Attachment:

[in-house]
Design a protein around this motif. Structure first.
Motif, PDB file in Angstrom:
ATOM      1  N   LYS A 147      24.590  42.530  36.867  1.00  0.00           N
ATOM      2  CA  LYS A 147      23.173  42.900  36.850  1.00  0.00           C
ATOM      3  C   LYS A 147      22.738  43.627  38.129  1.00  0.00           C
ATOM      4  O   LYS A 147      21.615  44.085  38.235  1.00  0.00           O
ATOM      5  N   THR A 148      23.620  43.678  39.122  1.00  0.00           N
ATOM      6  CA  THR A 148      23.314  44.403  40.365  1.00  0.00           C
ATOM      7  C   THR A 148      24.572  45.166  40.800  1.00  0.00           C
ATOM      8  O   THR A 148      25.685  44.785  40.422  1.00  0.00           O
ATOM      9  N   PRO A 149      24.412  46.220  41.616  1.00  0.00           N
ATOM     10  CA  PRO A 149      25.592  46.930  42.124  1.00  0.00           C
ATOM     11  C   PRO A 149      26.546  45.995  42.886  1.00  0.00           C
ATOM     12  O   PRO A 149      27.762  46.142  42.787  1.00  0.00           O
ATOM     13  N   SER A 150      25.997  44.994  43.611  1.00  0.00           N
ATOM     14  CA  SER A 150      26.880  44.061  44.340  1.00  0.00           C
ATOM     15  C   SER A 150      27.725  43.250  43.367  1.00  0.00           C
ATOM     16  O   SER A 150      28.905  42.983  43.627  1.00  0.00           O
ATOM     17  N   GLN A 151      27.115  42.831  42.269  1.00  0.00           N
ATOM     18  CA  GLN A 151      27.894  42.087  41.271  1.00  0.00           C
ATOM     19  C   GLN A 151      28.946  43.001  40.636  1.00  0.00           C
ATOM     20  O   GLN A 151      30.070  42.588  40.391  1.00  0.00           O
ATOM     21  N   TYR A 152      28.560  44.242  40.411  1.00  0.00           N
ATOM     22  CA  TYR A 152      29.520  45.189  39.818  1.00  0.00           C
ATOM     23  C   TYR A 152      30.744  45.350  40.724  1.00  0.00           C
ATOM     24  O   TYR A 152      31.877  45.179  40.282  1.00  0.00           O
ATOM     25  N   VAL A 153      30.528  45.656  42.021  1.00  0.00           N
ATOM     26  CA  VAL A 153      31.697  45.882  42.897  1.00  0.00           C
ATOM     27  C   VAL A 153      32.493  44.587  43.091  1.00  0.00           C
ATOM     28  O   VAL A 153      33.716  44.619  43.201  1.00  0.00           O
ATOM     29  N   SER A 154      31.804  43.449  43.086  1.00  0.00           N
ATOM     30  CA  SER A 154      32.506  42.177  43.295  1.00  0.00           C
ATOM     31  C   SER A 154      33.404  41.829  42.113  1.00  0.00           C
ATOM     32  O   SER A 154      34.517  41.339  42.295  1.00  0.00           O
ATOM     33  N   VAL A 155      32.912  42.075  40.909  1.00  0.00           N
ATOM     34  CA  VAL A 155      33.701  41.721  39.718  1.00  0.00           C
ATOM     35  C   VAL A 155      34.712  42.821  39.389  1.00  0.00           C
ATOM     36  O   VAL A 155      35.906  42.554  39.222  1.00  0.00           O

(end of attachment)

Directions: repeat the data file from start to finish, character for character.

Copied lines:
[in-house]
Design a protein around this motif. Structure first.
Motif, PDB file in Angstrom:
ATOM      1  N   LYS A 147      24.590  42.530  36.867  1.00  0.00           N
ATOM      2  CA  LYS A 147      23.173  42.900  36.850  1.00  0.00           C
ATOM      3  C   LYS A 147      22.738  43.627  38.129  1.00  0.00           C
ATOM      4  O   LYS A 147      21.615  44.085  38.235  1.00  0.00           O
ATOM      5  N   THR A 148      23.620  43.678  39.122  1.00  0.00           N
ATOM      6  CA  THR A 148      23.314  44.403  40.365  1.00  0.00           C
ATOM      7  C   THR A 148      24.572  45.166  40.800  1.00  0.00           C
ATOM      8  O   THR A 148      25.685  44.785  40.422  1.00  0.00           O
ATOM      9  N   PRO A 149      24.412  46.220  41.616  1.00  0.00           N
ATOM     10  CA  PRO A 149      25.592  46.930  42.124  1.00  0.00           C
ATOM     11  C   PRO A 149      26.546  45.995  42.886  1.00  0.00           C
ATOM     12  O   PRO A 149      27.762  46.142  42.787  1.00  0.00           O
ATOM     13  N   SER A 150      25.997  44.994  43.611  1.00  0.00           N
ATOM     14  CA  SER A 150      26.880  44.061  44.340  1.00  0.00           C
ATOM     15  C   SER A 150      27.725  43.250  43.367  1.00  0.00           C
ATOM     16  O   SER A 150      28.905  42.983  43.627  1.00  0.00           O
ATOM     17  N   GLN A 151      27.115  42.831  42.269  1.00  0.00           N
ATOM     18  CA  GLN A 151      27.894  42.087  41.271  1.00  0.00           C
ATOM     19  C   GLN A 151      28.946  43.001  40.636  1.00  0.00           C
ATOM     20  O   GLN A 151      30.070  42.588  40.391  1.00  0.00           O
ATOM     21  N   TYR A 152      28.560  44.242  40.411  1.00  0.00           N
ATOM     22  CA  TYR A 152      29.520  45.189  39.818  1.00  0.00           C
ATOM     23  C   TYR A 152      30.744  45.350  40.724  1.00  0.00           C
ATOM     24  O   TYR A 152      31.877  45.179  40.282  1.00  0.00           O
ATOM     25  N   VAL A 153      30.528  45.656  42.021  1.00  0.00           N
ATOM     26  CA  VAL A 153      31.697  45.882  42.897  1.00  0.00           C
ATOM     27  C   VAL A 153      32.493  44.587  43.091  1.00  0.00           C
ATOM     28  O   VAL A 153      33.716  44.619  43.201  1.00  0.00           O
ATOM     29  N   SER A 154      31.804  43.449  43.086  1.00  0.00           N
ATOM     30  CA  SER A 154      32.506  42.177  43.295  1.00  0.00           C
ATOM     31  C   SER A 154      33.404  41.829  42.113  1.00  0.00           C
ATOM     32  O   SER A 154      34.517  41.339  42.295  1.00  0.00           O
ATOM     33  N   VAL A 155      32.912  42.075  40.909  1.00  0.00           N
ATOM     34  CA  VAL A 155      33.701  41.721  39.718  1.00  0.00           C
ATOM     35  C   VAL A 155      34.712  42.821  39.389  1.00  0.00           C
ATOM     36  O   VAL A 155      35.906  42.554  39.222  1.00  0.00           O